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After Two Games, Michigan Wolverines Can Get Even Better

Michigan knocked off Northern Michigan on Friday night and Elon on Monday, beating both teams by 20+ points. With a tough Xavier team coming to town on Friday, who has been great for the Wolverines and what can still be improved?

Rick Osentoski-USA TODAY Sports

After one week and two complete performances, Michigan sits at 2-0 on the season. There have been many bright spots, including the successful recovery of Caris LeVert, the lights out shooting from Duncan Robinson, the continued emergence of Aubrey Dawkins, and the brilliance of Derrick Walton Jr.

However, a few areas still have room for improvement, including getting both Spike Albrecht and Zak Irvin back to game speed and looking for a reliable big man to play consistent minutes at center. With that, let's start with Caris LeVert.

The senior has played two very solid games, most notably Friday's performance against Northern Michigan. Sure, it was a weaker team, but LeVert finished with 18 points on 7-12 shooting, 5 assists and 4 rebounds in 29 minutes. Time and time again, LeVert found himself making simple, smart plays to help set up teammates as well as seams in the defense to look for his own shot.

Monday night against Elon was not nearly as spectacular, as 11 points is somewhat lackluster. But perhaps the bright spot is the consistent 4 rebounds and another 7 assists to give LeVert 12 through the first two games. As long as LeVert is helping get his teammates involved for open shots, this offense can be prolific.

And that's where redshirt sophomore Duncan Robinson comes into play. On Monday, Robinson couldn't miss, literally. He finished 6-6 (5-5 from 3 and a dunk) along with two free throws to finish with 19 points. Robinson's efficiency was spectacular, but he was only able to get up one shot against Northern Michigan in the previous game.

Michigan fans are hoping that Robinson was just getting the jitters out in the first game and can continue his hot shooting, but if not at least Robinson is contributing on the rebounding end (7 in 2 games). Robinson's biggest issue right now is his ability to defend, as Beilein has him somewhere between the 3 and 4. Robinson seems to get beat off the dribble and has let the opposing player take too many open shots, but hopefully this will improve throughout the season.

The other breakout star in the second game was junior point guard Derrick Walton Jr. Walton, like Robinson, had an extremely slow first game, but exploded out of the game in the second one, finishing with 24 points (8-10 shooting), 7 assists and 6 rebounds in 30 minutes of play. His normal, attack-minded style of play was on full display, and Walton orchestrated the offense to a crisp 88 points. If Walton can continue playing close to this rate, Michigan truly will have one of the best backcourts in the entire country.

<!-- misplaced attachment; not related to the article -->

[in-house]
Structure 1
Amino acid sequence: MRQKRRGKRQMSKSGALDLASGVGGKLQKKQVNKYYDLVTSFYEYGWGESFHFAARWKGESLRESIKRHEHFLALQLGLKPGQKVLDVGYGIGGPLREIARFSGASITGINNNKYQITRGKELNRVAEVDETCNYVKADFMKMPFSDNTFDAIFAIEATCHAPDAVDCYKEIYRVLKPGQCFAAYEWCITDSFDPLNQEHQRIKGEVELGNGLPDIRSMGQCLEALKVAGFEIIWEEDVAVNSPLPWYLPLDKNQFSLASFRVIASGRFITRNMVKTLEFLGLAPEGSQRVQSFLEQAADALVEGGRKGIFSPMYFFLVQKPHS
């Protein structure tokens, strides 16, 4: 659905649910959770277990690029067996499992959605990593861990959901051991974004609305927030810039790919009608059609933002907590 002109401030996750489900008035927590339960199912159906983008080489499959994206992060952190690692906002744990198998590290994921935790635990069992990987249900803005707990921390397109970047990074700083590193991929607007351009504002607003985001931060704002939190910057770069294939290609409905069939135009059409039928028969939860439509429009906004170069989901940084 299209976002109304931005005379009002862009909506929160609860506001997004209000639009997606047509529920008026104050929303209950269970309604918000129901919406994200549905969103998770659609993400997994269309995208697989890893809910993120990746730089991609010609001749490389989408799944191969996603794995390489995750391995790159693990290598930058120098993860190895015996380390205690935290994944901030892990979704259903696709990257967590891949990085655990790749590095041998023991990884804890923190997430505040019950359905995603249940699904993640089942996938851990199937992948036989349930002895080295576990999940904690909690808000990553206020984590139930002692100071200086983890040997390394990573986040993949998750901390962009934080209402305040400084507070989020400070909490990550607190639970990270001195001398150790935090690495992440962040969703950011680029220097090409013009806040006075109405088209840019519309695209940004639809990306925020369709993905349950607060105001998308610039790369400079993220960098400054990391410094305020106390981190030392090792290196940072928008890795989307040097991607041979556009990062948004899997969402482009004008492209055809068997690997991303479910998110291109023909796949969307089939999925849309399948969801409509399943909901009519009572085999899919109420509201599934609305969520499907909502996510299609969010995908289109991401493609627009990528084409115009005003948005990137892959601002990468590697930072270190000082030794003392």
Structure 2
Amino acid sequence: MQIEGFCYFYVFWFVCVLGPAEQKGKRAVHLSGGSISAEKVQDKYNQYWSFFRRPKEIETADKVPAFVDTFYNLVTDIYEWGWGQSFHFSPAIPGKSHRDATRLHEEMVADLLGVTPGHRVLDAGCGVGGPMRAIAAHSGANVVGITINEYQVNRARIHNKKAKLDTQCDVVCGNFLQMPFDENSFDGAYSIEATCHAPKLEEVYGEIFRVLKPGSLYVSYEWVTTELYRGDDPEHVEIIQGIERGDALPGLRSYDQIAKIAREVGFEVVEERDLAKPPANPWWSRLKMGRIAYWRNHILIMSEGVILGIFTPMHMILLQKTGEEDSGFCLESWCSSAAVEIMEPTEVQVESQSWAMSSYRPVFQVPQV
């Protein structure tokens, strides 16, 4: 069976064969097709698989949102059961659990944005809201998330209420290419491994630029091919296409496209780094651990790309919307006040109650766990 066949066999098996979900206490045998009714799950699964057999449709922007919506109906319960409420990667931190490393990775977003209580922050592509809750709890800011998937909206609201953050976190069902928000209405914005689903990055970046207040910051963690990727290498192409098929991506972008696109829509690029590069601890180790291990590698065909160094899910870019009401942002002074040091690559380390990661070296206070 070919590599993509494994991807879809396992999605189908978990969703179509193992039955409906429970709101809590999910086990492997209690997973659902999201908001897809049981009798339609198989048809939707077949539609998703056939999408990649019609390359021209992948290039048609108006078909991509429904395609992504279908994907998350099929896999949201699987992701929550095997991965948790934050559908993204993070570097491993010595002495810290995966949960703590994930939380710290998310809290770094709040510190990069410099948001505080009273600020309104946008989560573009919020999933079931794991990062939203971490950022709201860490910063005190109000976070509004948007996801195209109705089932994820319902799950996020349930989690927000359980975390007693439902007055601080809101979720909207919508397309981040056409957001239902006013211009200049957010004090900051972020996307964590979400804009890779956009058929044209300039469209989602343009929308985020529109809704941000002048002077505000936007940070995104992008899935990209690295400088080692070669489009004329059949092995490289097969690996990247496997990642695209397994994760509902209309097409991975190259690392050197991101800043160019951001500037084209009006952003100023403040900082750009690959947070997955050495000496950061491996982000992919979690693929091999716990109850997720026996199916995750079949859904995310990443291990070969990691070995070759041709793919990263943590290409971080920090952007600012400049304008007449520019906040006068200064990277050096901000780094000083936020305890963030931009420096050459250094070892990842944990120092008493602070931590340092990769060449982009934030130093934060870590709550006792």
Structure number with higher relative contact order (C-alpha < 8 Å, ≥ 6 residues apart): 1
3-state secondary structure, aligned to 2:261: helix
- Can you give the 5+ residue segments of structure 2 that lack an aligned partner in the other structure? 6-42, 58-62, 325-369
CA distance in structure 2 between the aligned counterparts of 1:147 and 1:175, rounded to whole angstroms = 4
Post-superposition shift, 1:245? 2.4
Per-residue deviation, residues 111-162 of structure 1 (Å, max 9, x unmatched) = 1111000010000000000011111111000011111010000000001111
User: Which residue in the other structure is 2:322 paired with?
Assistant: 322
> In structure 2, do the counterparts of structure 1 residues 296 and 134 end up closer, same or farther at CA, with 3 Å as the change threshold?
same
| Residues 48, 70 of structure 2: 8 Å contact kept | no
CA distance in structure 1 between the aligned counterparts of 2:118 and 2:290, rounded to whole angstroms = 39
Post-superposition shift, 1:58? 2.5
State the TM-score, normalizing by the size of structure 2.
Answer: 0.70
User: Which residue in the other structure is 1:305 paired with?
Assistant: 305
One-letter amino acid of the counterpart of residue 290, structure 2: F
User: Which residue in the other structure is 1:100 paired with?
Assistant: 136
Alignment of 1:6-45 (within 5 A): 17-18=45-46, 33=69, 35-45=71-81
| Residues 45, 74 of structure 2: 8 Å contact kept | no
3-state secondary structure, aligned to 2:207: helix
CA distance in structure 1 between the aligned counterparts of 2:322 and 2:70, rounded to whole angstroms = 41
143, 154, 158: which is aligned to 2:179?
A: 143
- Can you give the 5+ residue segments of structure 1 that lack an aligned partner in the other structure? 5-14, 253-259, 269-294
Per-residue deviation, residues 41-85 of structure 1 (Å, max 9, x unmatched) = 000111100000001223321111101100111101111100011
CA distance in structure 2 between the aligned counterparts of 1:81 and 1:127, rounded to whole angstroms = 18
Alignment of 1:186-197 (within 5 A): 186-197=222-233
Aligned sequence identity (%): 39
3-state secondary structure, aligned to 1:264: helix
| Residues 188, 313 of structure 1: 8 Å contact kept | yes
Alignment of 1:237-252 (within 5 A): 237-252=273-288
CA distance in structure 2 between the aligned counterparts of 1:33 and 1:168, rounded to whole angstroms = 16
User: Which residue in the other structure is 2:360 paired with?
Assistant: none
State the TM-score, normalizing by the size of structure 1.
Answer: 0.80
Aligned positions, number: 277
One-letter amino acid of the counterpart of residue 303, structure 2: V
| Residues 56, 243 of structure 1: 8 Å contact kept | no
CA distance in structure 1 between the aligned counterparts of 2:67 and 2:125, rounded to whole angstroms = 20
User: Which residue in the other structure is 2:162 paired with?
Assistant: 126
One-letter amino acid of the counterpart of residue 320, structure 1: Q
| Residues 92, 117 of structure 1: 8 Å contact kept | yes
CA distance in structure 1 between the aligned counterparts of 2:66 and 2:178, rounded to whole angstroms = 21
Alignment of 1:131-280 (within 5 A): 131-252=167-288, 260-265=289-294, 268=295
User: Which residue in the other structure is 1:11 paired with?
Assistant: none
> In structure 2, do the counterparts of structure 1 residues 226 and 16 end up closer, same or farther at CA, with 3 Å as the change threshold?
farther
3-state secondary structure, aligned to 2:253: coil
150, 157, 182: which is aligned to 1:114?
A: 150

While Walton found his groove, two other key upperclassmen have yet to hit their stride yet. Starting with sharpshooter Zak Irvin, the junior has not gotten into a comfortable rhythm yet. Perhaps the emergence of Aubrey Dawkins has partially limited Irvin, but his shooting touch and timing have yet to come back yet. This makes sense, as Irvin was held out of any 5 on 5 in practice up until recently. 15 or 20 minutes a game will probably be what Irvin will start with until his shooting form is back, but Michigan has enough wing depth at this point to survive.

The other upperclassmen still working his way back is Albrecht, a tough senior who hasn't reached his full potential yet off the bench. His first game with 7 points was encouraging, but this came against Division II Northern Michigan and 5 of Albrecht's 7 points came with the game well out of reach. Albrecht is at his best when he is getting his teammates involved with flashy assists, but Spike has only collected 4 this season. If he can keep these numbers up, he should continue to earn quality minutes off the bench.

One other area that remains a major concern for Michigan is the frontcourt. Beilein has not found a comfortable rotation yet. Against Northern Michigan, Mark Donnal started and played 10 minutes, Ricky Doyle played 15 minutes, D.J. Wilson played 23 playing mostly power forward and a little center, and Moritz Wagner played 6. Doyle and Wagner had 2 rebounds each, while Wilson and Donnal had one. Against Elon, Donnal started and played 15 minutes, Doyle played 13, Wilson played 13 and Wagner played 7. Doyle had 3 rebounds, Wagner and Donnal had 2, and Wilson had none.

In both games, no player recorded more than 3 rebounds. For a Michigan frontline that was in desperate need of asserting itself, especially given the departure of Max Bielfeldt, this is an extremely disappointing start. The offense is there, as these 4 combined for 19 points against Elon, but the defensive and rebounding effort needs to improve.

Overall, fans should be very pleased with the 2-0 start, but there are still major areas where Michigan can improve to become an elite team. The offense efficiency has been excellent, but can the big men become more consistent on the rebounding front? And can Robinson, the sharpshooter who was phenomenal in his last game, keep up this hot shooting? Michigan knows what they're getting out of LeVert, but need Irvin and Spike to get back to these levels as well. If and when all of these things click at the same time, Michigan has a chance to be great.